Last answered:

06 Oct 2021

Posted on:

02 May 2021


Resolved: dot product for vector * vector


Why in this video, it was mentioned when having dot product, we always multiply row vector * column vector, but in the previous video, the example of [-66] shown was column vector * column vector.

Thank you

1 answers ( 0 marked as helpful)
Posted on:

06 Oct 2021


Hello Jaycus,

Thank you for your question - indeed, the dot product of matrices needs some clarification in the 1-dimensional case. Let us concentrate on the example in the 2 video lectures - the vectors are [2, 8, -4] and [1, -7, 3] and their final dot product is [-66]. Strictly speaking, you are correct - it is always row * column, so the correct dot product should look like:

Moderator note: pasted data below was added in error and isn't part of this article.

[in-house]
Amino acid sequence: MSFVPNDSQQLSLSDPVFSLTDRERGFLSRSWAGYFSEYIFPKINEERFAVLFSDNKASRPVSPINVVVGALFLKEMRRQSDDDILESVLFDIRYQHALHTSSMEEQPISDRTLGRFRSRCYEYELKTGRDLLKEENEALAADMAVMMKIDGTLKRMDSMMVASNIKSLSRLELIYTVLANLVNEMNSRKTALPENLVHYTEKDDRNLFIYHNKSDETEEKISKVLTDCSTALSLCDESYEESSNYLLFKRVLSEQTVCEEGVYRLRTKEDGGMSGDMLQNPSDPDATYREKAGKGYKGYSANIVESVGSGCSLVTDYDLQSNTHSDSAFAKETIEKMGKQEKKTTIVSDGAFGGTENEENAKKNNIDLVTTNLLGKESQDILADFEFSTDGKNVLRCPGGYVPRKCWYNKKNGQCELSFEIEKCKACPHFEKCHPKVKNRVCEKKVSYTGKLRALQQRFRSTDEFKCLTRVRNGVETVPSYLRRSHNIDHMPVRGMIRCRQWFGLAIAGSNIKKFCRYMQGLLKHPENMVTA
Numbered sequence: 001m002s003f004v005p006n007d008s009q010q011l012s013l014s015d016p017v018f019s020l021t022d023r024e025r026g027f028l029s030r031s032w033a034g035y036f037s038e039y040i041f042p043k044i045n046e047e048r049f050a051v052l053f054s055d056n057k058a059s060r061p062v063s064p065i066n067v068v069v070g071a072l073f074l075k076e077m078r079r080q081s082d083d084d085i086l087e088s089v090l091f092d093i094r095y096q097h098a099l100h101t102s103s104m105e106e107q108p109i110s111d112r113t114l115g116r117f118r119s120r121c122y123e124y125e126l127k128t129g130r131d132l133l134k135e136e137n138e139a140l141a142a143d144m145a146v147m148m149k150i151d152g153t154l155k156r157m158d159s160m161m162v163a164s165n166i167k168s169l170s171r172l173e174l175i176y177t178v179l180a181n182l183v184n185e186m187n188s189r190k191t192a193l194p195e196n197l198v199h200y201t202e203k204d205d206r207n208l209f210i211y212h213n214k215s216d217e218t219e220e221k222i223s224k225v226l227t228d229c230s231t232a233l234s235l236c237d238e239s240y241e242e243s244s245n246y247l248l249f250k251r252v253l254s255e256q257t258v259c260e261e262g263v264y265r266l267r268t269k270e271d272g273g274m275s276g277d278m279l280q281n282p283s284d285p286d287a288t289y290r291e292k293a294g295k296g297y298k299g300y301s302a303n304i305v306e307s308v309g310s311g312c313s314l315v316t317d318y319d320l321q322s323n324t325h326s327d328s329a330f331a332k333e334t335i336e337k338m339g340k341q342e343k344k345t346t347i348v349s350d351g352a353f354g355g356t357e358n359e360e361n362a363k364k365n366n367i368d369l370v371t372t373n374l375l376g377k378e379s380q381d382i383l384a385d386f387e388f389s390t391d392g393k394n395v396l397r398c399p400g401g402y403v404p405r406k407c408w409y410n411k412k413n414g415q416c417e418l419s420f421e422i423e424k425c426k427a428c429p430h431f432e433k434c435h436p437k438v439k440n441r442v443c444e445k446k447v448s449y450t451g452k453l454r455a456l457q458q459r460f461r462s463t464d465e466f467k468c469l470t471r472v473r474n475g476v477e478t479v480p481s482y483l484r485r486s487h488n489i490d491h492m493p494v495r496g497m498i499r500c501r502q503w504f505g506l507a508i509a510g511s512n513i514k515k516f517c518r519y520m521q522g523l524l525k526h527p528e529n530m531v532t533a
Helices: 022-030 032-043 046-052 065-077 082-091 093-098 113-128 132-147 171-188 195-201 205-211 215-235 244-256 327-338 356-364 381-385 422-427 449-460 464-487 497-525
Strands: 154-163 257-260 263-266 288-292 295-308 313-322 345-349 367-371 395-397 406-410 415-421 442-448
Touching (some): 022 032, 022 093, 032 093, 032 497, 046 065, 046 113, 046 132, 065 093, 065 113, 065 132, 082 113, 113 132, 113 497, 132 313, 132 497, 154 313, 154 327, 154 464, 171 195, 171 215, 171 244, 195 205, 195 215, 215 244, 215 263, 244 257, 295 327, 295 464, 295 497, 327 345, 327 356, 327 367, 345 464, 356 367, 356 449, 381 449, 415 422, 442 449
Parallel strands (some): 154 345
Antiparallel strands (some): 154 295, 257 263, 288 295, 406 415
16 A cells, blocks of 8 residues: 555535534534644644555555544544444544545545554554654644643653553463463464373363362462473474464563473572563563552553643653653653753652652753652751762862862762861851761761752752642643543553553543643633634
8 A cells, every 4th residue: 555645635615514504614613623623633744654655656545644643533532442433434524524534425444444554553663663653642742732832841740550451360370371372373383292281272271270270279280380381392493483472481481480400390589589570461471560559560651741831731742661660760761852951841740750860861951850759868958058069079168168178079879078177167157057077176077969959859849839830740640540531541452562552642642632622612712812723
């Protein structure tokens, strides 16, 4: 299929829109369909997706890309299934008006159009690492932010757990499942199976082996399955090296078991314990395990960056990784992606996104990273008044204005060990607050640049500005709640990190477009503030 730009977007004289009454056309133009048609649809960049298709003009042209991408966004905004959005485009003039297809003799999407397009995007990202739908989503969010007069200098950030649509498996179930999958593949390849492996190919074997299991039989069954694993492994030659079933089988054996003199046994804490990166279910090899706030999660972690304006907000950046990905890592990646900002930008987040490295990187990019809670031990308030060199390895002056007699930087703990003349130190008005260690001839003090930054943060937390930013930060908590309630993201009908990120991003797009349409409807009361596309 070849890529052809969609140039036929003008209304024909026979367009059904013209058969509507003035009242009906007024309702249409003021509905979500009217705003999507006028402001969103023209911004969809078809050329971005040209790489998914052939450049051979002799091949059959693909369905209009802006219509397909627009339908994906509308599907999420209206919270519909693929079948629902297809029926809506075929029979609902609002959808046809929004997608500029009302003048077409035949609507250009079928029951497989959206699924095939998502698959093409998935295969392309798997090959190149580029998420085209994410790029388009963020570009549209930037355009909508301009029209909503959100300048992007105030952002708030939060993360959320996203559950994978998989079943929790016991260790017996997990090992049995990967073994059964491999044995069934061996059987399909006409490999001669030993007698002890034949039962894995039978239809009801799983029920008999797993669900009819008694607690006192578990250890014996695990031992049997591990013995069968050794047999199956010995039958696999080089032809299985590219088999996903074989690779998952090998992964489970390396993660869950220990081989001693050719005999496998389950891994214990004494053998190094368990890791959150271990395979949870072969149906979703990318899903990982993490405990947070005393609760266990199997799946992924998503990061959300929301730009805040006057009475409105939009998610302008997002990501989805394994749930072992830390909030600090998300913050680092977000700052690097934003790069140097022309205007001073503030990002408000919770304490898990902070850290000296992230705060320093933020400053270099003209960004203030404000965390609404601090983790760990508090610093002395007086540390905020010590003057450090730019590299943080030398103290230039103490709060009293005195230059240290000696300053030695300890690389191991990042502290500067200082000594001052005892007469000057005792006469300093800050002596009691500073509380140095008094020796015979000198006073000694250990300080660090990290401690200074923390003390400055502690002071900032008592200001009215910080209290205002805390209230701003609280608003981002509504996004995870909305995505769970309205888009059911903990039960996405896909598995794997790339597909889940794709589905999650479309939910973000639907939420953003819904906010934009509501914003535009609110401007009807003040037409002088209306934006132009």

[  1  ]
[2, 8, -4] * [ -7  ]  = [-66]
                 [  3  ]
In this case, the dimension will be (1 x 3) * (3 x 1) = (1 x 1) and that is how we get the final single value of -66.

The reason why the previous video took the freedom to use 2 column vectors for the calculation instead of a row vector and a column vector is a convention adopted when working with vectors. The idea is that every vector is a 1-dimensional matrix (!), so when performing dot product with vectors, it is broadly understood that the corresponding elements of the vectors get multiplied and then added up. That is why we can take the freedom and perform dot product of two column vectors or of two row vectors. Because they are vectors, the convention has it that we implicitly transform them into the form given in the example above and then perform the multiplication. Therefore, both video lectures actually display the same dot product - because we follow this convention when working with vectors.

Hopefully this explanation makes it a bit more understandable.

A. The 365 Team

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